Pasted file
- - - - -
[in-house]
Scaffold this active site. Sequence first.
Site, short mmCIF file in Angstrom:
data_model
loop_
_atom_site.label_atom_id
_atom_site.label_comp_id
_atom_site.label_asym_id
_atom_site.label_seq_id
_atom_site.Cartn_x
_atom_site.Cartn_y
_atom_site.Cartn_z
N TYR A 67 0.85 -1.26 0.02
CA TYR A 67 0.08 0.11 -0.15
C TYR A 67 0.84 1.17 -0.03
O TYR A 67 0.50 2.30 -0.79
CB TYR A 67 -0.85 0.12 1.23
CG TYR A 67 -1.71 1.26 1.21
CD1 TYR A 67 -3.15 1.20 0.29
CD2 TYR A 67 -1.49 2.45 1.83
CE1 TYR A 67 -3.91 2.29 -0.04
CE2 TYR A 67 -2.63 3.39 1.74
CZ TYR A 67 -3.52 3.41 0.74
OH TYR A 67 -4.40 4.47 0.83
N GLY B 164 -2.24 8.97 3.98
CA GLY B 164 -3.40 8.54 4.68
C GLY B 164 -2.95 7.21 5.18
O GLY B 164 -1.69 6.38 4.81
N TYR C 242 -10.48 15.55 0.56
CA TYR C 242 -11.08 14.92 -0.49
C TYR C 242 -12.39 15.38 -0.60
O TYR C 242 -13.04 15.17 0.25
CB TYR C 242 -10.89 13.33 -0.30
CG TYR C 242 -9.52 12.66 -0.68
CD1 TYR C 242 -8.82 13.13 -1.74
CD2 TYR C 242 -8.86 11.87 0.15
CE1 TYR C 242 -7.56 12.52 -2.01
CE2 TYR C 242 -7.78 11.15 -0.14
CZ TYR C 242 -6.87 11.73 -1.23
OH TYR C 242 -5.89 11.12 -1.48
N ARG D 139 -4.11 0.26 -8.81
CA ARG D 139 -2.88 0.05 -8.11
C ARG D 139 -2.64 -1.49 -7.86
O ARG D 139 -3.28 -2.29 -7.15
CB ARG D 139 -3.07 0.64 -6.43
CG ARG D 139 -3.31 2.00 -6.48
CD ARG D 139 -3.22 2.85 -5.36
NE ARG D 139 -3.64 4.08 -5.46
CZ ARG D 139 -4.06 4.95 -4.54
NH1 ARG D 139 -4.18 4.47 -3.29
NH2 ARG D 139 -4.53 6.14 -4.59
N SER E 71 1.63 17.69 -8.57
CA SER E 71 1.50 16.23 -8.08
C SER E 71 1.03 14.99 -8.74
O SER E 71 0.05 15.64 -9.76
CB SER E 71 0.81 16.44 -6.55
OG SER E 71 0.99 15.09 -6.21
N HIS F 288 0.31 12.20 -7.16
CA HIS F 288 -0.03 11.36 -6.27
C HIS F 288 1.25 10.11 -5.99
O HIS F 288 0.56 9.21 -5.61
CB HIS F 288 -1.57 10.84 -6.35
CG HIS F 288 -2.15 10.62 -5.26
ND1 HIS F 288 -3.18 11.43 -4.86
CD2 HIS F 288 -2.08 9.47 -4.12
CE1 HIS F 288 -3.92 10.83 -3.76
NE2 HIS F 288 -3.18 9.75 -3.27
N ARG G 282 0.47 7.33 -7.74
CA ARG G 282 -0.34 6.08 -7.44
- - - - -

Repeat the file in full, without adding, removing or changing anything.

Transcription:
[in-house]
Scaffold this active site. Sequence first.
Site, short mmCIF file in Angstrom:
data_model
loop_
_atom_site.label_atom_id
_atom_site.label_comp_id
_atom_site.label_asym_id
_atom_site.label_seq_id
_atom_site.Cartn_x
_atom_site.Cartn_y
_atom_site.Cartn_z
N TYR A 67 0.85 -1.26 0.02
CA TYR A 67 0.08 0.11 -0.15
C TYR A 67 0.84 1.17 -0.03
O TYR A 67 0.50 2.30 -0.79
CB TYR A 67 -0.85 0.12 1.23
CG TYR A 67 -1.71 1.26 1.21
CD1 TYR A 67 -3.15 1.20 0.29
CD2 TYR A 67 -1.49 2.45 1.83
CE1 TYR A 67 -3.91 2.29 -0.04
CE2 TYR A 67 -2.63 3.39 1.74
CZ TYR A 67 -3.52 3.41 0.74
OH TYR A 67 -4.40 4.47 0.83
N GLY B 164 -2.24 8.97 3.98
CA GLY B 164 -3.40 8.54 4.68
C GLY B 164 -2.95 7.21 5.18
O GLY B 164 -1.69 6.38 4.81
N TYR C 242 -10.48 15.55 0.56
CA TYR C 242 -11.08 14.92 -0.49
C TYR C 242 -12.39 15.38 -0.60
O TYR C 242 -13.04 15.17 0.25
CB TYR C 242 -10.89 13.33 -0.30
CG TYR C 242 -9.52 12.66 -0.68
CD1 TYR C 242 -8.82 13.13 -1.74
CD2 TYR C 242 -8.86 11.87 0.15
CE1 TYR C 242 -7.56 12.52 -2.01
CE2 TYR C 242 -7.78 11.15 -0.14
CZ TYR C 242 -6.87 11.73 -1.23
OH TYR C 242 -5.89 11.12 -1.48
N ARG D 139 -4.11 0.26 -8.81
CA ARG D 139 -2.88 0.05 -8.11
C ARG D 139 -2.64 -1.49 -7.86
O ARG D 139 -3.28 -2.29 -7.15
CB ARG D 139 -3.07 0.64 -6.43
CG ARG D 139 -3.31 2.00 -6.48
CD ARG D 139 -3.22 2.85 -5.36
NE ARG D 139 -3.64 4.08 -5.46
CZ ARG D 139 -4.06 4.95 -4.54
NH1 ARG D 139 -4.18 4.47 -3.29
NH2 ARG D 139 -4.53 6.14 -4.59
N SER E 71 1.63 17.69 -8.57
CA SER E 71 1.50 16.23 -8.08
C SER E 71 1.03 14.99 -8.74
O SER E 71 0.05 15.64 -9.76
CB SER E 71 0.81 16.44 -6.55
OG SER E 71 0.99 15.09 -6.21
N HIS F 288 0.31 12.20 -7.16
CA HIS F 288 -0.03 11.36 -6.27
C HIS F 288 1.25 10.11 -5.99
O HIS F 288 0.56 9.21 -5.61
CB HIS F 288 -1.57 10.84 -6.35
CG HIS F 288 -2.15 10.62 -5.26
ND1 HIS F 288 -3.18 11.43 -4.86
CD2 HIS F 288 -2.08 9.47 -4.12
CE1 HIS F 288 -3.92 10.83 -3.76
NE2 HIS F 288 -3.18 9.75 -3.27
N ARG G 282 0.47 7.33 -7.74
CA ARG G 282 -0.34 6.08 -7.44